All Articles Leadership Pipsqueaks to pilots: What’s not being said about the air traffic controller incident

Pipsqueaks to pilots: What’s not being said about the air traffic controller incident

3 min read


It’s safe to say that most of us were shocked at the recordings of children giving instructions to pilots coming in and out of JFK International Airport.  After the initial astonishment wore off, it seems that the biggest question around the incident became, “Should Dad lose his job for handing the microphone over to his two 9-year-olds?”  Both Dad and Dad’s supervisor are on suspension while the Federal Aviation Administration figures this out.

“Nothing bad happened,” some people have pointed out.  Maybe not this time. But in the past, hundreds of people have died because air traffic controllers were distracted. And there are at least two incidents in which full planeloads of passengers died because Dad in the cockpit handed the controls over to “Lemme Try Johnny.”

I’m also concerned about the wider-reaching impact such behavior has on people’s colleagues. What kind of toll does this kind of bar-lowering  take on their own engagement and commitment to performance excellence. I find the silence of the co-workers to be as disturbing a part of this story as every other aspect.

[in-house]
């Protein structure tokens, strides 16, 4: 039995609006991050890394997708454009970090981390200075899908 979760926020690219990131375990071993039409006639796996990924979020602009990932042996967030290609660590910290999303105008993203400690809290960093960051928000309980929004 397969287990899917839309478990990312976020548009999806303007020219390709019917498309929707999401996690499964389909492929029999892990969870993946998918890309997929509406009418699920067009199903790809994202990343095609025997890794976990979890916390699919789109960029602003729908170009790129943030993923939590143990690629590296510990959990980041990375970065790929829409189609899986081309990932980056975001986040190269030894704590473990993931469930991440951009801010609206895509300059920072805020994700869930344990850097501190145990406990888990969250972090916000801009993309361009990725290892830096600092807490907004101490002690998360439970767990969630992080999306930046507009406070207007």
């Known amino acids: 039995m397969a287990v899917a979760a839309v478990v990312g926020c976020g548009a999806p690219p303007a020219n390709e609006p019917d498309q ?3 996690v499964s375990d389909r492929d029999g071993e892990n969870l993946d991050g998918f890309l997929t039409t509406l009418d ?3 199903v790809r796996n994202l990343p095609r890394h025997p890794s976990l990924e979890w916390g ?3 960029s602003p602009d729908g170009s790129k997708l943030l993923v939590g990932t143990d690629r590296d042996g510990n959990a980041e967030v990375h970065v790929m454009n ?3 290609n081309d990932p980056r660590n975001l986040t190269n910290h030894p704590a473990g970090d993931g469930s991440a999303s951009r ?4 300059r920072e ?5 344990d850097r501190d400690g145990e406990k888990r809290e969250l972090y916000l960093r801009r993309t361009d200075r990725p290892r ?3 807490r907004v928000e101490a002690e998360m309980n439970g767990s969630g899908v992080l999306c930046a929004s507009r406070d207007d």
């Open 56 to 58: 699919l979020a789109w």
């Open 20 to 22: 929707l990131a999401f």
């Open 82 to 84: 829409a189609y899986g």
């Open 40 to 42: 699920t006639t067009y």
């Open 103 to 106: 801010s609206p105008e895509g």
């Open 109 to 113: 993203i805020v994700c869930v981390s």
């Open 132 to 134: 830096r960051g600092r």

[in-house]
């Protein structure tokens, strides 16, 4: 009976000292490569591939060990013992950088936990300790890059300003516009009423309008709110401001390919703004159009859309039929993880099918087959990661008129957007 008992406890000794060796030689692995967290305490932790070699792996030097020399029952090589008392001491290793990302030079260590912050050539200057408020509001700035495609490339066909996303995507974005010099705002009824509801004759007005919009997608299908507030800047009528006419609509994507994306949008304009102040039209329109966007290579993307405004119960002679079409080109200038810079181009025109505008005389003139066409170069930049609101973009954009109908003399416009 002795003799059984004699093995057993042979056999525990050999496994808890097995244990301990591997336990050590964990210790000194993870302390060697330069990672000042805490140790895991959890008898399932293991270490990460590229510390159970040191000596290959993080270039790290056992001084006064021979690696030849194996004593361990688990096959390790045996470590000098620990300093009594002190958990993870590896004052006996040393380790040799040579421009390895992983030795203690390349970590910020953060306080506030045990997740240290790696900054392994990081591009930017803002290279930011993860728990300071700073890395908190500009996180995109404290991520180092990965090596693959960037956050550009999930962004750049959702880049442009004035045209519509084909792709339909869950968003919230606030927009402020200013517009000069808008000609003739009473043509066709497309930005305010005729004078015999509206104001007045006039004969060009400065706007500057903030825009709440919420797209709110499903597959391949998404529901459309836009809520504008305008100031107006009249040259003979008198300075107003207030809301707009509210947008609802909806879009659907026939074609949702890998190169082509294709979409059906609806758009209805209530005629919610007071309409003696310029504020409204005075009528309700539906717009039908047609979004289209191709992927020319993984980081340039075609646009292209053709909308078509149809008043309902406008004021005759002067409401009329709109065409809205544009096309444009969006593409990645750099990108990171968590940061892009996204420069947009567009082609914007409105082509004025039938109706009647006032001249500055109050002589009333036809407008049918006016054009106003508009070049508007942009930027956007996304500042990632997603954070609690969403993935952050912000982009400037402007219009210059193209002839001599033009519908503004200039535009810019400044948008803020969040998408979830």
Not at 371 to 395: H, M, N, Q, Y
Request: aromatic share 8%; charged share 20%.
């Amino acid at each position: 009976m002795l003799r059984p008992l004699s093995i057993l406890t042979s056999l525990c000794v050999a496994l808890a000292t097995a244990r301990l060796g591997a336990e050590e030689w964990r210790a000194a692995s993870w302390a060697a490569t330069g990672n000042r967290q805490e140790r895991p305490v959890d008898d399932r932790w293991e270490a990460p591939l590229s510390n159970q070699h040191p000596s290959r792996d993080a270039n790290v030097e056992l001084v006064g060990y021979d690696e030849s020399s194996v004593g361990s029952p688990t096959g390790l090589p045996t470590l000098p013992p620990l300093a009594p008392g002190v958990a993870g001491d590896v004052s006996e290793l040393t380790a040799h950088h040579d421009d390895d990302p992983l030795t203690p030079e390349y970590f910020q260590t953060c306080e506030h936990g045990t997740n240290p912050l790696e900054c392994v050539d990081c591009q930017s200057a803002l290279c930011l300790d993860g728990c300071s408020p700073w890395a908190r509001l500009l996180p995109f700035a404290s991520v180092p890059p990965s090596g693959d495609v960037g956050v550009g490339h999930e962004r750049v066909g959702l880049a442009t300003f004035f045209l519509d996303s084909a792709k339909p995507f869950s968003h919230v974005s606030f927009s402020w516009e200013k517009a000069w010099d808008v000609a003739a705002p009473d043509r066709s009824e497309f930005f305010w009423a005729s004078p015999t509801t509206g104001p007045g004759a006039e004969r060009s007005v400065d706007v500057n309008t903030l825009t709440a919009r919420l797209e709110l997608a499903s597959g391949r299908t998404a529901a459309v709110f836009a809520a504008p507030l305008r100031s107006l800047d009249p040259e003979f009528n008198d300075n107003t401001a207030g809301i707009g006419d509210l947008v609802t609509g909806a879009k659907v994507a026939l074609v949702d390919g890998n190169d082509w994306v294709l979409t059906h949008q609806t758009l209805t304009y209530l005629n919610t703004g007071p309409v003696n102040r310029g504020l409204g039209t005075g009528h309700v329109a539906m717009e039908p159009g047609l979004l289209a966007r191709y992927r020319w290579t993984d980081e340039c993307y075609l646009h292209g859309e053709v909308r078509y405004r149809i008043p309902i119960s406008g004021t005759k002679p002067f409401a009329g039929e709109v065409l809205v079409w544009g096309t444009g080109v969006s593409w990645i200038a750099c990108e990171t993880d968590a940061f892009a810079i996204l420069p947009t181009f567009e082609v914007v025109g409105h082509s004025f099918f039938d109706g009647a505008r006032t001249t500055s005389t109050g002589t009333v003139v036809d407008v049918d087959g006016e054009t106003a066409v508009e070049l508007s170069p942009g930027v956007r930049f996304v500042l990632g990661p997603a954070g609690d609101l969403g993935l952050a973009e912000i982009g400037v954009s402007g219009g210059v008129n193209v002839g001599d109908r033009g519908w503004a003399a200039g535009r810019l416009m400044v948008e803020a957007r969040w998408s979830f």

This air traffic controller wasn’t the only one in the tower at the time. He was surrounded by a full cadre of colleagues, each one equally responsible for safely maneuvering thousands of people in the air, moving at roughly 500 miles an hour. What could possibly have been their motivation for not speaking up and protesting right then and there? And if they did, why weren’t their own standards respected?

I can’t think of anything more demoralizing and distracting to dedicated and engaged workers than to be surrounded by low-bar colleagues and supervisors. Do you suppose that someone did speak up in protest but was then clammed up with the admonishment, “Aww, don’t be a spoilsport. After all, nothing bad will happen”? What kind of culture had that supervisor setup so that a no-brainer safety threat would be tolerated by anyone — not to mention, as it seems, everyone?

Is it fair to make an example out of Dad by firing him?  The way I see it, the FAA would make an example out of Dad by not firing him. The agency will send the message to air traffic controllers everywhere that it doesn’t take the profession with the seriousness everyone deserves to expect — including the air traffic controllers themselves.

Ergo: They don’t have to take their work seriously, either.

Image credit, JHLloyd, via iStock